Jebrail uezd

The Jebrail uezd,[a] also known after 1905 as the Karyagino uezd,[b] was a county (uezd) of the Elizavetpol Governorate of the Russian Empire with its center in Jebrail (Jabrayil) from 1873[1] until its formal abolition in 1921 by the Soviet authorities.[2]

Jebrail uezd
Джебраильскій уѣздъ
Coat of arms of Jebrail uezd
Location in the Elizavetpol Governorate
Location in the Elizavetpol Governorate
CountryRussian Empire
  • Jebrail
    (present-day Jabrayil; 1873–1905)
  • Karyagino
    (present-day Fuzuli; 1905–1921)
 • Total3,729.21 km2 (1,439.86 sq mi)
 • Total89,584
 • Density24/km2 (62/sq mi)
 • Rural
Karabakh Khanate on a map of 1823


The Jebrayil uezd was located in the southeastern part of Elizavetpol Governorate bordering its Shusha uezd to the north, Zangezur uezd to the west, Baku Governorate to the east, and Persia to the south. The area of the county was 2922.6 square verst. The northwestern part of the county was mountainous. Mount Ziyarat (Azerbaijani: Ziyarət) or Dizapayt (Armenian: Դիզափայտ) reaches 8,186 feet. The higher ground was usually used for pastures. The whole county was located within the Araz river basin. The tributaries of Araz, Kendalan, Kuru-chay, Chereken, Gozlu-chay and Hakari-chay were utilized for irrigation.[3]


The territory of the county had previously formed a part of the Karabakh Khanate until 1813, when according to Gulistan Treaty it was annexed into the Russian Empire as part of the Karabakh province. In 1840, the province was transformed into Shusha uezd and in 1873 the southern part of Shusha uezd was detached and established as the separate Jabrail uezd.[3] The administrative center was Jabrail, which was used as a customs office on the border with Persian Empire which the district bordered.[3]

In 1905, the Jabrail uezd was officially renamed the Karyagino uezd as its center was transferred to the town Karyagino (present-day Fizuli), which was renamed from its original Karabulak in honor of Colonel Pavel Karyagin, a distinguished hero of the Russo-Turkish War (1768-1774) and the Russo-Persian War (1804-1813).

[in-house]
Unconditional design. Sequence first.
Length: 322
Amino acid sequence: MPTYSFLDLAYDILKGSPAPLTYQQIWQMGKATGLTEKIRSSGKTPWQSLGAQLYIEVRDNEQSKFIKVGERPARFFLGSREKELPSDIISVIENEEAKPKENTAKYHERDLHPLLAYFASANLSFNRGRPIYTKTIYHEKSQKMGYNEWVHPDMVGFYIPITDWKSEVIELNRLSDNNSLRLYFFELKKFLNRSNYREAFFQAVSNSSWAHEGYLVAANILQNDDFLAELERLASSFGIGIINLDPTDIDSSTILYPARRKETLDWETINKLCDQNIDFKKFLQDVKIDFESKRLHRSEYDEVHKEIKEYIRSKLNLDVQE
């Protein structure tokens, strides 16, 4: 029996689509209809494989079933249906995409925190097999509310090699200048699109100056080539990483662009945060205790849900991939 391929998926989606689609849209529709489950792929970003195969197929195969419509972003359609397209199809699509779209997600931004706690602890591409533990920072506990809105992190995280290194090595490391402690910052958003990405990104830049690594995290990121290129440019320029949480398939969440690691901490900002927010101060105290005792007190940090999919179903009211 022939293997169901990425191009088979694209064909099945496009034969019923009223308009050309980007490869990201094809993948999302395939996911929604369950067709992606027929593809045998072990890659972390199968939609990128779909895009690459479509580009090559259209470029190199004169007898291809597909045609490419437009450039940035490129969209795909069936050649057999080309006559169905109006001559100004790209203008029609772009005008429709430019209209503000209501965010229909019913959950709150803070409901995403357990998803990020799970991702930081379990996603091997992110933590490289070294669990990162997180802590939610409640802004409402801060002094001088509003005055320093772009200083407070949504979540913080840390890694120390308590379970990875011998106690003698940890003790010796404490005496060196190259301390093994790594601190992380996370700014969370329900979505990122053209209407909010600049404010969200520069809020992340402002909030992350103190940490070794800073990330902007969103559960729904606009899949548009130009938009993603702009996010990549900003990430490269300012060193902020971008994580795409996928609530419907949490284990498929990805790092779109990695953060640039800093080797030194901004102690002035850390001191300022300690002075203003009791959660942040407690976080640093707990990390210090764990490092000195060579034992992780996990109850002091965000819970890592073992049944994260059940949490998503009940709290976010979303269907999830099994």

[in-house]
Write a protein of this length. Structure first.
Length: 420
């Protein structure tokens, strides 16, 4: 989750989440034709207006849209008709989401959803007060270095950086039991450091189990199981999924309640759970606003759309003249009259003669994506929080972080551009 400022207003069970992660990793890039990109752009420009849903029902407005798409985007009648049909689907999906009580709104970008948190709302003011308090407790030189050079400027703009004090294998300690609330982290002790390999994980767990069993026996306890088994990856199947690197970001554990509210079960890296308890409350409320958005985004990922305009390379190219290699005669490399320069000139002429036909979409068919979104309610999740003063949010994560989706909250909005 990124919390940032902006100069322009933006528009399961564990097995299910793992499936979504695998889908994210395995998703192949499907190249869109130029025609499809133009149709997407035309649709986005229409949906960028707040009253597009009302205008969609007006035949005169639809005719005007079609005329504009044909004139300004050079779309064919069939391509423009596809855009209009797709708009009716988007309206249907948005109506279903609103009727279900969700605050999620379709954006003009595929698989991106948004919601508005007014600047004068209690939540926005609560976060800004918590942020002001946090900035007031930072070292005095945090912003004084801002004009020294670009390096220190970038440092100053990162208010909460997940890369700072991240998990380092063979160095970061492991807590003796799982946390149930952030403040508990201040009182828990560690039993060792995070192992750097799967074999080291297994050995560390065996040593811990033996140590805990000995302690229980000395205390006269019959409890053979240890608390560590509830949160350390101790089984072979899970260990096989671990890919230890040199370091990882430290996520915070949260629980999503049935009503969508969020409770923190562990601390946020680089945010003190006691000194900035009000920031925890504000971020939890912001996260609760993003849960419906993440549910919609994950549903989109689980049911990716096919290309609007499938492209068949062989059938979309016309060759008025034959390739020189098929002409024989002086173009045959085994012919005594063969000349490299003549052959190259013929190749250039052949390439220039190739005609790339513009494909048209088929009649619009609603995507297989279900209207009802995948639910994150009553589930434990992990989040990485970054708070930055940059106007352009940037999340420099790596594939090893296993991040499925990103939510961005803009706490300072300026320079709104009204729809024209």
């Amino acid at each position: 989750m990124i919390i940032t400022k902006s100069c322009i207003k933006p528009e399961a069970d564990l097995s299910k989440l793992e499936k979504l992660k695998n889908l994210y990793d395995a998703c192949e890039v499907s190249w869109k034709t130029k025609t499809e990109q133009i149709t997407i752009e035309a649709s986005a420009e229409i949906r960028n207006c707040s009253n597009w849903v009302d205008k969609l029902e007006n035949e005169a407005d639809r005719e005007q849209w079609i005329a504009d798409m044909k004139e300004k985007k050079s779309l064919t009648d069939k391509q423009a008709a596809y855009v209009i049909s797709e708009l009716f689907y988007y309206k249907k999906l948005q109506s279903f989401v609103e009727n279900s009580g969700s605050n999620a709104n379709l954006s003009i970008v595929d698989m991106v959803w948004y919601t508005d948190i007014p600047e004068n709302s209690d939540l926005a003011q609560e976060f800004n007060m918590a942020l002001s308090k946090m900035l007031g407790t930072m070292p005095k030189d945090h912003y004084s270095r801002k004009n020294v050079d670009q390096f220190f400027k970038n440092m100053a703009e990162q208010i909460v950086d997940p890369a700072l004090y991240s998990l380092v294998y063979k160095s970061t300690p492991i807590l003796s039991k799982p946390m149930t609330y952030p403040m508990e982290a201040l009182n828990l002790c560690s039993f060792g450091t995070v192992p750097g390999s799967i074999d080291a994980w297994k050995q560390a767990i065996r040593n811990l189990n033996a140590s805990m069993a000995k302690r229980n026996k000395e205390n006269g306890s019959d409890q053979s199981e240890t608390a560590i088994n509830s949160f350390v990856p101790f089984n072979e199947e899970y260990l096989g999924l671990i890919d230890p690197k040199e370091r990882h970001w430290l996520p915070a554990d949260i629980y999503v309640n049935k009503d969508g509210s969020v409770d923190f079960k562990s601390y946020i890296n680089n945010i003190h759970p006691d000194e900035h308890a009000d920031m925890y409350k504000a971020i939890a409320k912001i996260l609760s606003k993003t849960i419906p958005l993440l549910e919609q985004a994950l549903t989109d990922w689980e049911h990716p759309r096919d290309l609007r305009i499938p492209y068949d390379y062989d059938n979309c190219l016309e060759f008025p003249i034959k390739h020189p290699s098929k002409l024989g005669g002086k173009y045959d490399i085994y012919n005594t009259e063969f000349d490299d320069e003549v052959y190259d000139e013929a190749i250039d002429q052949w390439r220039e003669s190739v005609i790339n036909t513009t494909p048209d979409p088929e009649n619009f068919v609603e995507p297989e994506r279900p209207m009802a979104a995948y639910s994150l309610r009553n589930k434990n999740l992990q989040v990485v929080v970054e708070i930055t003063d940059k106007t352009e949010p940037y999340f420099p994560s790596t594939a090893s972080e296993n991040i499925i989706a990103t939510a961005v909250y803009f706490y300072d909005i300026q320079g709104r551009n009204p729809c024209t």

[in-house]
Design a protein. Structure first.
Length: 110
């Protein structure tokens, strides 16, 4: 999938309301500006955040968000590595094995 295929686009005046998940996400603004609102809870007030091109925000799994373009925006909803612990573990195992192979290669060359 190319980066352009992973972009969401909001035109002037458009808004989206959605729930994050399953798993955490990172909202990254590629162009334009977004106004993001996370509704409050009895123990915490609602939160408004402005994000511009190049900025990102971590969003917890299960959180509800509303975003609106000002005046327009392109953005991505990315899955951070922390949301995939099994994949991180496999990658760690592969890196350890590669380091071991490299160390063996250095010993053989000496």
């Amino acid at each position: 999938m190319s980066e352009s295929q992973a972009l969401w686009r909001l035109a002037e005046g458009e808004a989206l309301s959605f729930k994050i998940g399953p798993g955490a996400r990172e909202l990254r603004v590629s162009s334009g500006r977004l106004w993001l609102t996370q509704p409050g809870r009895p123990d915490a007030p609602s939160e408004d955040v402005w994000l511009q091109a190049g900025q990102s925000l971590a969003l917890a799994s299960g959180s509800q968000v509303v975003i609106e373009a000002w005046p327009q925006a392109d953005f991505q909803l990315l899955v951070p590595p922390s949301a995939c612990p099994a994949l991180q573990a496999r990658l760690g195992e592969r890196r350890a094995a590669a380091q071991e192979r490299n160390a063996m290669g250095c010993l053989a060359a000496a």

After the dissolution of the Russian Empire and the formation of the independent Transcaucasian republics, including the Azerbaijan Democratic Republic in 1918, the western mountainous districts of the Elizavetpol Governorate including the Shusha, Zangezur, Jebrail, Jevanshir, Kazakh and Elizavetpol uezds became subject to intense territorial disputes between Armenia and Azerbaijan throughout 1918-1920, both of whom included these areas in their territorial pretensions that they presented in memorandums to the Paris Peace Conference.

Since the collapse of Russian authority in the Transcaucasus, the mountainous portion of the county which was overwhelmingly Armenian was governed by the de facto Karabakh Council which vehemently rejected Ottoman and Azerbaijani attempts to subordinate the region. However, following the arrival of British forces in Transcaucasia, the Karabakh Council reluctantly submitted to provisional Azerbaijani rule through the Governor-Generalship of Karabakh, led by Dr. Khosrov bey Sultanov, due to the exerted British pressure on the council in August 1919.

After the establishment of Soviet rule in Azerbaijan, the town Karabulag which was designated as the new capital of the district was renamed to Sardar,[4] then to Karyagino and finally to Fizuli in 1959, as the capital of Fizuli Rayon.[5]

In the aftermath of the dissolution of the Soviet Union, The area of the Fizuli Rayon was occupied in August 1993 by ethnic Armenian forces of the de facto Nagorno-Karabakh (Artsakh) Republic during the First Nagorno-Karabakh War, however, the area was recaptured by Azerbaijani armed forces during the 2020 Nagorno-Karabakh war and reincorporated into the contemporary Republic of Azerbaijan.

Administrative divisionsEdit

The subcounties (uchastoks) of the Jebrail uezd in 1912 were as follows:[6]

Name 1912 population Area
1-y uchastok (1-й участокъ) 20,769 1,249.50 square versts (1,422.01 km2; 549.04 sq mi)
2-y uchastok (2-й участокъ) 32,450 605.90 square versts (689.55 km2; 266.24 sq mi)